History of the Collegium Japonicae Angiologicae

Dr. Yoshio Mishima
President of the Collegium Japonicae Angiologicae, and Honorary Professor of the Japan Medical and Dental University

In May 1959, late Dr. Takashi Hayashi, then leading professor of Physiology course of Keio University at that time, had an opportunity to meet Dr. Halpern, Deputy President of the American College of Angiology in the U.S. introduced by a deputy president of a chemicals company. Dr. Halpern asked Dr. Hayashi to establish promptly a connection with Japanese angiology researchers. Responding to the request, Dr. Hayashi had a meeting with late Professor Kazuyoshi Nishimaru who was in charge of the leader of Physiology course at Hiroshima University. Dr. Hayashi and Dr. Nishimaru prepared a plan for establishing the Collegium Japonicae Angiologicae, and listed thirteen organizers for establishing the academy. As a result, the general meeting to establish the Collegium Japonicae Angiologicae was held at the auditorium of Eastern Branch of Keio University on September 30, 1960. That was the birth of the Collegium Japonicae Angiologicae.
According to the prospectus for establishing the Collegium Japonicae Angiologicae, the research of angiology system is conducted separately in individual sectors of anatomy, physiology, pharmacology, pathology, medicine, surgeon, dermatology, orthopedics, and others. Currently, however, researchers of a sector have very little communication with those of other sectors. Furthermore, the study results are disclosed only on their own academic bulletins. Consequently, no researcher can overview the total development of the angiology. Under the current state, individual studies may run alone with no information of the state of other research sectors, which may result in self-complacence attitude. There have appeared increasing number of researchers who have anxiety on the status, and, recently in Japan, a movement has occurred to establish close mutual contact among the angiology researchers in both the clinical medical sector and the basic medical sector, thus enhancing the development of the angiology studies.
At that time, the American Angiology Academy requested to establish communication with the researchers of the Collegium Japonicae Angiologicae with an expectation that the Collegium Japonicae Angiologicae should join the International College of Angiology (ICA).
With the background, The Collegium Japonicae Angiologicae asked Dr. Kiyoshi Seki of the First Medicine of the Tokyo University, who was studying at St. Louis University of the U.S., to establish communication with ICA. Dr. Seki met Professor Hertzman, who was a leader of ICA, and received an instruction to attend a meeting of International Union of Angiology (IUA) which was bigger association than ICA. After reported the matter to President Nishimaru, Dr. Seki attended the Fourth International Congress of IUA held at Prague in 1961 as the representative of The Collegium Japonicae Angiologicae. After that, The Collegium Japonicae Angiologicae dispatched staff regularly to the meetings of IUA.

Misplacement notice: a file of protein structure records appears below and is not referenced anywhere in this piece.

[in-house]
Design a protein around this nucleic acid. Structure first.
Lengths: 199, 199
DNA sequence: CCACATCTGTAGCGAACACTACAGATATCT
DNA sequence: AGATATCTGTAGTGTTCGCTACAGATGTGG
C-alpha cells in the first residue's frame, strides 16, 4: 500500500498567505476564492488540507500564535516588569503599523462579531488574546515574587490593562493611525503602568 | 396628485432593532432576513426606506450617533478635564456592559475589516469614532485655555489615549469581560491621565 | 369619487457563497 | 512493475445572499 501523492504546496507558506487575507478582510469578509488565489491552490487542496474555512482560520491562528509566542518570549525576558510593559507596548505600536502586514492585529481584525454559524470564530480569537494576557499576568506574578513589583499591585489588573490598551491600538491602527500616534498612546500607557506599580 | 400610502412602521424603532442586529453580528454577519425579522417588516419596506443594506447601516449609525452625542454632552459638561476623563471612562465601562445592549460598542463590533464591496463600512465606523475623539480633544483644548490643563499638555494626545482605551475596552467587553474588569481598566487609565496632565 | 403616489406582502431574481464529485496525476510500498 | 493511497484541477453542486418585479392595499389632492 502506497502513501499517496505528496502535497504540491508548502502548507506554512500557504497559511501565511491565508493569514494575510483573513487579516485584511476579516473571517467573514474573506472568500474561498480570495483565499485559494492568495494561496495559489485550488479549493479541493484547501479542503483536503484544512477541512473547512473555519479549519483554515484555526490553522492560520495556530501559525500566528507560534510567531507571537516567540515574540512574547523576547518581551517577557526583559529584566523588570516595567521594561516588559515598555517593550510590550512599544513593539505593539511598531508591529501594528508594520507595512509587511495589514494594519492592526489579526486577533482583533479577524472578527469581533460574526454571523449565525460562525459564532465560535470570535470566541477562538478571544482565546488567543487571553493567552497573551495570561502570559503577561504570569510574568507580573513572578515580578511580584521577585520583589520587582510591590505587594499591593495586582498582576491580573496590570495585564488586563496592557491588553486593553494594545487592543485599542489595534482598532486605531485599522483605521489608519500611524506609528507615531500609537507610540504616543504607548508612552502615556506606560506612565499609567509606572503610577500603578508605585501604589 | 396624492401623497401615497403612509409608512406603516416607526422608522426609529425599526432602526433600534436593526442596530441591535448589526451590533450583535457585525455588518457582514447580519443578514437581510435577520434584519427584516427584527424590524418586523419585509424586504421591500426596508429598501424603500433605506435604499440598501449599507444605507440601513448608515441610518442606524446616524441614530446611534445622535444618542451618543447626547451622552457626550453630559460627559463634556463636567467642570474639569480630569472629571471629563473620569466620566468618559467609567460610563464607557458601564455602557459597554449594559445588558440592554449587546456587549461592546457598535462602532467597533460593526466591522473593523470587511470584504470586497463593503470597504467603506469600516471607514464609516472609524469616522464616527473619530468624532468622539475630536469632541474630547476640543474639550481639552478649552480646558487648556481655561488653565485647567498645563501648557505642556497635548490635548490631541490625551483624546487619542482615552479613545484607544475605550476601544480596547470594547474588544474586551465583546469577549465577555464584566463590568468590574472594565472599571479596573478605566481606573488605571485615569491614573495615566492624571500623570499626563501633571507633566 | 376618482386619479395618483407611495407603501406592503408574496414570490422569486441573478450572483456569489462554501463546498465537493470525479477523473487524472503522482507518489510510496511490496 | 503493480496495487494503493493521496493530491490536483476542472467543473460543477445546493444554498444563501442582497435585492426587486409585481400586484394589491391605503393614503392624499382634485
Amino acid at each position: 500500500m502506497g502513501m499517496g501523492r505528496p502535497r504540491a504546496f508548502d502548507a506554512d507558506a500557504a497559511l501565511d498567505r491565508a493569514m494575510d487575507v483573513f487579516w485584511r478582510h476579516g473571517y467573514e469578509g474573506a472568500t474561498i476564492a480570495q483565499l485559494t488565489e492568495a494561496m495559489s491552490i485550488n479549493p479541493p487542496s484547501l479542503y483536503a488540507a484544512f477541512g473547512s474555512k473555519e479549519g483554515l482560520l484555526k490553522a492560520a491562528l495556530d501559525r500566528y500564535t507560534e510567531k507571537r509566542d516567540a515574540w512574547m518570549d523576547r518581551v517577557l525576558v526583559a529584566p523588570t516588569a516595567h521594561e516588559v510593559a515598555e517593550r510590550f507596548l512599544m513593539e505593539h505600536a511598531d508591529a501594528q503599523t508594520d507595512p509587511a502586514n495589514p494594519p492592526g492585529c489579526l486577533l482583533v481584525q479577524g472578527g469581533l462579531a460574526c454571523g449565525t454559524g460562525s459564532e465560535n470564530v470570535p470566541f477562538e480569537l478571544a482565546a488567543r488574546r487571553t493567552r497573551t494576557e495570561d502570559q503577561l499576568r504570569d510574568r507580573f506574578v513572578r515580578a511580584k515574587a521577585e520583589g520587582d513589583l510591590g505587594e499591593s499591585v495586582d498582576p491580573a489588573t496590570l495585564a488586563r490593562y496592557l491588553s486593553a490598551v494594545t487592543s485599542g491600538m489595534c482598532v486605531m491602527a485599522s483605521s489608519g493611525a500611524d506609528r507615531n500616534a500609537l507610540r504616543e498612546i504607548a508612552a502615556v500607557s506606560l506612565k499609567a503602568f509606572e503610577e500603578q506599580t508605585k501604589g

On the other hand, since ICA was an academy centering on old friendly members, and had not so sociable attitude, thus not large number of researchers positively join the meetings of ICA.
Since then, confrontation between old and young generations increased in IUA and also in ICA. And the executive members of each of them were fully changed. The newly organized executive members of IUA and ICA extended approach to The Collegium Japonicae Angiologicae, respectively. After that, the communication between The Collegium Japonicae Angiologicae and IUA and ICA has been maintained.
Many international academies are categorized to two groups: the one has the headquarters in the U.S., and the other has the headquarters in Europe. The history of each group is old, and there is a conflict between these groups. Thus, the name of "International academy" does not necessarily reflect the status of individual academies. Nevertheless, coalition of them is very difficult because each of them has their own case. To this point, however, The Collegium Japonicae Angiologicae hopes that IUA and ICA unify together.
In recent years, the angiology sector has developed toward fine study sectors responding to the general movement, and has established academies of microcirculation, vein, lymph, vascular surgeon, intravascular remedy, etc. Each of thus established academies is operated under independent orientation. It is natural that the development of learning enhances the movement toward finely dividing into individual special fields. It should be, however, also necessary to unify once divided special fields in total view of the learning. In accordance with the original principle, The Collegium Japonicae Angiologicae intend to keep progress as a comprehensive academy of angiology including not only both the basic and clinical sectors but also the medical engineering sector.

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